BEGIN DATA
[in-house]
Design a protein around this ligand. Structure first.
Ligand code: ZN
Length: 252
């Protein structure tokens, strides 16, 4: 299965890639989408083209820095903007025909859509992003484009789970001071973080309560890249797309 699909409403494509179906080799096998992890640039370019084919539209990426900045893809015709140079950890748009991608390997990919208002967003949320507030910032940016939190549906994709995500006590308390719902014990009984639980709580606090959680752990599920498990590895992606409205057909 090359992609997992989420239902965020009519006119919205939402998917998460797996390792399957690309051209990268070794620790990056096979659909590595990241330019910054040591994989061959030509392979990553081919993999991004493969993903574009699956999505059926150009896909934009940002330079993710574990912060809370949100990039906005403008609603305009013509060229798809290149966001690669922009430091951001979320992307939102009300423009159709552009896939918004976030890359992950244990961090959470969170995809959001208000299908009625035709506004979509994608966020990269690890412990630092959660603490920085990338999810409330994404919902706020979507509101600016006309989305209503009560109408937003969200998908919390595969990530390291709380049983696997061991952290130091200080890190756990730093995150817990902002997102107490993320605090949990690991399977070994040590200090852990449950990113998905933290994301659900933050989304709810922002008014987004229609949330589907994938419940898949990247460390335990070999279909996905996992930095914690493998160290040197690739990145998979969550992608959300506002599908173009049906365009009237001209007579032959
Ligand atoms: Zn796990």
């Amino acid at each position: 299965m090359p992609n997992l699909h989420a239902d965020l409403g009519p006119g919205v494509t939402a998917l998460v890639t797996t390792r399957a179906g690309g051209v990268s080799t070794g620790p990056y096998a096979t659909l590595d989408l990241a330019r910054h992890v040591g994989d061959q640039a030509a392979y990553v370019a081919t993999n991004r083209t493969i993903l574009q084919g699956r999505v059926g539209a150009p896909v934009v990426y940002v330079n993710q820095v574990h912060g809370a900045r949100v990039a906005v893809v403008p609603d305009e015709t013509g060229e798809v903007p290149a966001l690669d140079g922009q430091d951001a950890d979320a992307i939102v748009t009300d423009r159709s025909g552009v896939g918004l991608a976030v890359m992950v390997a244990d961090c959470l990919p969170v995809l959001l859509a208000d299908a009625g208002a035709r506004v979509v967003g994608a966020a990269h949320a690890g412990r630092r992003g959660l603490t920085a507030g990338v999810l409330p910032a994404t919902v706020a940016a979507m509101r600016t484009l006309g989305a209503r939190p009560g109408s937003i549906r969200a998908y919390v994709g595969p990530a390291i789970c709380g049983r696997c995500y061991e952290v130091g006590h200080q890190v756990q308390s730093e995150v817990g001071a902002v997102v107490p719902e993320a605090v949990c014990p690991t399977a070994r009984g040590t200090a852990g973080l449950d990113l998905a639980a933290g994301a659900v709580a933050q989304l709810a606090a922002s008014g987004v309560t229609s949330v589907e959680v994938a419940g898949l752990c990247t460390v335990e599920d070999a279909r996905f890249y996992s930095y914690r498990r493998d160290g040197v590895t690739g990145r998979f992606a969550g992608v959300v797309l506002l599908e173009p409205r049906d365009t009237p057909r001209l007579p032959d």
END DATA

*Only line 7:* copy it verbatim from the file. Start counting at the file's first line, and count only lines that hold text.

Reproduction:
């Amino acid at each position: 299965m090359p992609n997992l699909h989420a239902d965020l409403g009519p006119g919205v494509t939402a998917l998460v890639t797996t390792r399957a179906g690309g051209v990268s080799t070794g620790p990056y096998a096979t659909l590595d989408l990241a330019r910054h992890v040591g994989d061959q640039a030509a392979y990553v370019a081919t993999n991004r083209t493969i993903l574009q084919g699956r999505v059926g539209a150009p896909v934009v990426y940002v330079n993710q820095v574990h912060g809370a900045r949100v990039a906005v893809v403008p609603d305009e015709t013509g060229e798809v903007p290149a966001l690669d140079g922009q430091d951001a950890d979320a992307i939102v748009t009300d423009r159709s025909g552009v896939g918004l991608a976030v890359m992950v390997a244990d961090c959470l990919p969170v995809l959001l859509a208000d299908a009625g208002a035709r506004v979509v967003g994608a966020a990269h949320a690890g412990r630092r992003g959660l603490t920085a507030g990338v999810l409330p910032a994404t919902v706020a940016a979507m509101r600016t484009l006309g989305a209503r939190p009560g109408s937003i549906r969200a998908y919390v994709g595969p990530a390291i789970c709380g049983r696997c995500y061991e952290v130091g006590h200080q890190v756990q308390s730093e995150v817990g001071a902002v997102v107490p719902e993320a605090v949990c014990p690991t399977a070994r009984g040590t200090a852990g973080l449950d990113l998905a639980a933290g994301a659900v709580a933050q989304l709810a606090a922002s008014g987004v309560t229609s949330v589907e959680v994938a419940g898949l752990c990247t460390v335990e599920d070999a279909r996905f890249y996992s930095y914690r498990r493998d160290g040197v590895t690739g990145r998979f992606a969550g992608v959300v797309l506002l599908e173009p409205r049906d365009t009237p057909r001209l007579p032959d």